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Knowledge of and Attitudes Toward Hormone Replacement Therapy (HRT) Among Women Age 40 or Older

Results of Yankelovich/University of Cincinnati Survey

HRT Facts

  • The most commonly prescribed hormones in HRT are estrogen and progesterone/progestin.

  • Progesterone/progestin is prescribed with estrogen to counteract estrogen’s effect on the endometrium and prevent uterine cancer.

  • The progestin in estrogen/progestin therapy frequently causes side effects like mood swings and bloating that make women decide to go off therapy.

  • After menopause, estrogen and progesterone levels in the body drop precipitously.

What Women Don’t Know About Hormones And HRT

  • Two out of three (64%) women surveyed did not know or were not sure what hormones are affected as a woman enters menopause.
  • 68% of all women surveyed did not know estrogen levels are affected.

  • 92% of all women surveyed did not know progesterone levels are affected.

  • While more than half (53%) of women surveyed consider themselves knowledgeable about estrogen, fewer than one in three (30%) consider themselves knowledgeable about progesterone.

  • Half of women surveyed (51%) know that estrogen is one of the hormones commonly prescribed in HRT, but fewer than one in seven (14%) named progesterone as a common HRT component.


What Doctors Say And What Women Take Away

  • 79% of women who consulted a doctor for menopause-related issues said their doctor did a good job explaining HRT.

  • But nearly half (46% of all women surveyed) said they still are not sure which hormones were prescribed in HRT. And two out of three (65%) said they are not knowledgeable about progesterone, a common component of HRT.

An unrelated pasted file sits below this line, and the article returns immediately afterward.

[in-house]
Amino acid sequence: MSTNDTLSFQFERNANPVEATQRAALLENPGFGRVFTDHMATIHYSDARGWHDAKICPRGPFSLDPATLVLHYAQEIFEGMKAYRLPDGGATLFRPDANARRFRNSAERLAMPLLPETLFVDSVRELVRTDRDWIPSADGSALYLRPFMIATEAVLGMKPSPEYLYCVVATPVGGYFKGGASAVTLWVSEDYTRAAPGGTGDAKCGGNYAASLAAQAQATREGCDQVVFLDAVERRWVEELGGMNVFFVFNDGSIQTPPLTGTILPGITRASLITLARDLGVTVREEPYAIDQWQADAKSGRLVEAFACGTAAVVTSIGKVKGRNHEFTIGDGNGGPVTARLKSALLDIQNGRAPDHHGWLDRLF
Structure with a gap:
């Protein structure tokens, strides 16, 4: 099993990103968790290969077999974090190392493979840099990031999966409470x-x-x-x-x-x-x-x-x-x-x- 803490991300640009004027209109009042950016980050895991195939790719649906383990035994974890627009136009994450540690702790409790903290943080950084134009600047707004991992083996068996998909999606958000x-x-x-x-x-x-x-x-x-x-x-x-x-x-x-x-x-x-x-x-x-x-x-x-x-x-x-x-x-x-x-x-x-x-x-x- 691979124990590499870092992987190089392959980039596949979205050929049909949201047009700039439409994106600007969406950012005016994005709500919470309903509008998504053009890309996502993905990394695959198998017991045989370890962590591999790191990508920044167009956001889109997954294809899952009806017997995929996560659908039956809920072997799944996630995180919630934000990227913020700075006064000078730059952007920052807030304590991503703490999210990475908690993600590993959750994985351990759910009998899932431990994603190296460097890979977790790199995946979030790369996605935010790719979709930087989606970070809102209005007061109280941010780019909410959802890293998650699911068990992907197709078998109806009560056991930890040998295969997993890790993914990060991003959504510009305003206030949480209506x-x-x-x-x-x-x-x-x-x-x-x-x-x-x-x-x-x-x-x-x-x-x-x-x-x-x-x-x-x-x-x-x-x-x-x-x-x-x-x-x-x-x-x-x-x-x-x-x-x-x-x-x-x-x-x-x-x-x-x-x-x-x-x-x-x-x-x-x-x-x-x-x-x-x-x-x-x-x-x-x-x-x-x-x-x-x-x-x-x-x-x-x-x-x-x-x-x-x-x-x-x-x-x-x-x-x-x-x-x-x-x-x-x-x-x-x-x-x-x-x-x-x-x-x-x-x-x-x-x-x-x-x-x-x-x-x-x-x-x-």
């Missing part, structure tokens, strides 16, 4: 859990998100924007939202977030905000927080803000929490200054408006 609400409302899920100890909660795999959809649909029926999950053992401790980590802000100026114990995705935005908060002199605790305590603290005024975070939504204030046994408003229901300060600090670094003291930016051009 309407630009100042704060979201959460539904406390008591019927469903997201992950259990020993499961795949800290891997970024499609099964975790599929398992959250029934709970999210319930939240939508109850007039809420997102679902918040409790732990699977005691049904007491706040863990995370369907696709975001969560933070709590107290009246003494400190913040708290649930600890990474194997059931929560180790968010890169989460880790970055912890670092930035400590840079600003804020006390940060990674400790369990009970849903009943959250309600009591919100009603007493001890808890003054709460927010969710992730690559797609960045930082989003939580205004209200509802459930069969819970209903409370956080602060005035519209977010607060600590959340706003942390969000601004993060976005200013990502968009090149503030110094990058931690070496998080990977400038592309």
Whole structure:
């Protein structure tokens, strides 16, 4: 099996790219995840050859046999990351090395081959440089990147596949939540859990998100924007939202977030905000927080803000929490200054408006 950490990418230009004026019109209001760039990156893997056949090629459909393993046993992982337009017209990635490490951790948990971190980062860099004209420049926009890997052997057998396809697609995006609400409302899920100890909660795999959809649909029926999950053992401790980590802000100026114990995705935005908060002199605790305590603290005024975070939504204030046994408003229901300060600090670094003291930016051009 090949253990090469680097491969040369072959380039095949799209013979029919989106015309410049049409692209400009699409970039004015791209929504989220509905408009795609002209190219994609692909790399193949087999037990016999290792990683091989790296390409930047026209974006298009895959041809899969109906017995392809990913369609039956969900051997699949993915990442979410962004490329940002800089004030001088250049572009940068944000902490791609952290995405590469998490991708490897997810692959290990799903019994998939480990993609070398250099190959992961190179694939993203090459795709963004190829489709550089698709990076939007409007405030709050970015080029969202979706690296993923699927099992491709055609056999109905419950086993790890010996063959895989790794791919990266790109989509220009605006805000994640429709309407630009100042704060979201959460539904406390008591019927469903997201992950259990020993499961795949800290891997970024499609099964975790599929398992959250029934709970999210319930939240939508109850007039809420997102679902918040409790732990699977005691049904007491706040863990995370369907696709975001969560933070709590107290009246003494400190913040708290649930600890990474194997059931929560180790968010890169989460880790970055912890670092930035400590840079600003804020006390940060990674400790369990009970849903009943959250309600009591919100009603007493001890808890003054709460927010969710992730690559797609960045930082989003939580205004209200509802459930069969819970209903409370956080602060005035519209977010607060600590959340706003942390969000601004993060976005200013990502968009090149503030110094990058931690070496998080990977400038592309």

What Women Know - And Don’t Know - Affects How They Make HRT Choices

  • Women who consider themselves knowledgeable about estrogen and/or progesterone are much more likely than their uninformed counterparts to have experience with HRT.

  • If entering menopause today, nearly half of women surveyed (41%) would not take hormone replacement therapy, and another one in five (17%) remain undecided.
  • The inclination to use therapy is higher than average among women who feel they are knowledgeable about estrogen/progesterone (54%) and women in their fifties (52%).

  • The top three reasons women say they would take HRT:
  • To alleviate menopausal symptoms (hot flashes, night sweats): 32%

  • To help prevent osteoporosis: 20%

  • For the overall benefits, including health benefits: 11%

  • The top five reasons women would not take HRT if they became menopausal today:
  • Don’t know/not sure: 32%

  • Side effects: 20%

  • It’s not necessary - haven’t needed it: 18%

  • Fear of the risks involved: 11%

  • Unnatural: 10%

  • How do women rank the following considerations when choosing a particular HRT regimen?
  • Recommended by their doctor: 89%

  • Fewer or less severe side effects: 87%

  • Similar to their own body’s hormones: 83%

  • Natural or plant-based: 73%

This survey was conducted by Yankelovich Partners, Inc., between March 24 and April 6, 1998.

Yankelovich Partners interviewed a nationally representative sample of 1,009 American women age 40 and older. Interviews were conducted using a Random Digit Dial (RDD) technique to ensure that respondents with both listed and unlisted phone numbers were reached. The margin of error based on the total number of respondents is ± 3.1%.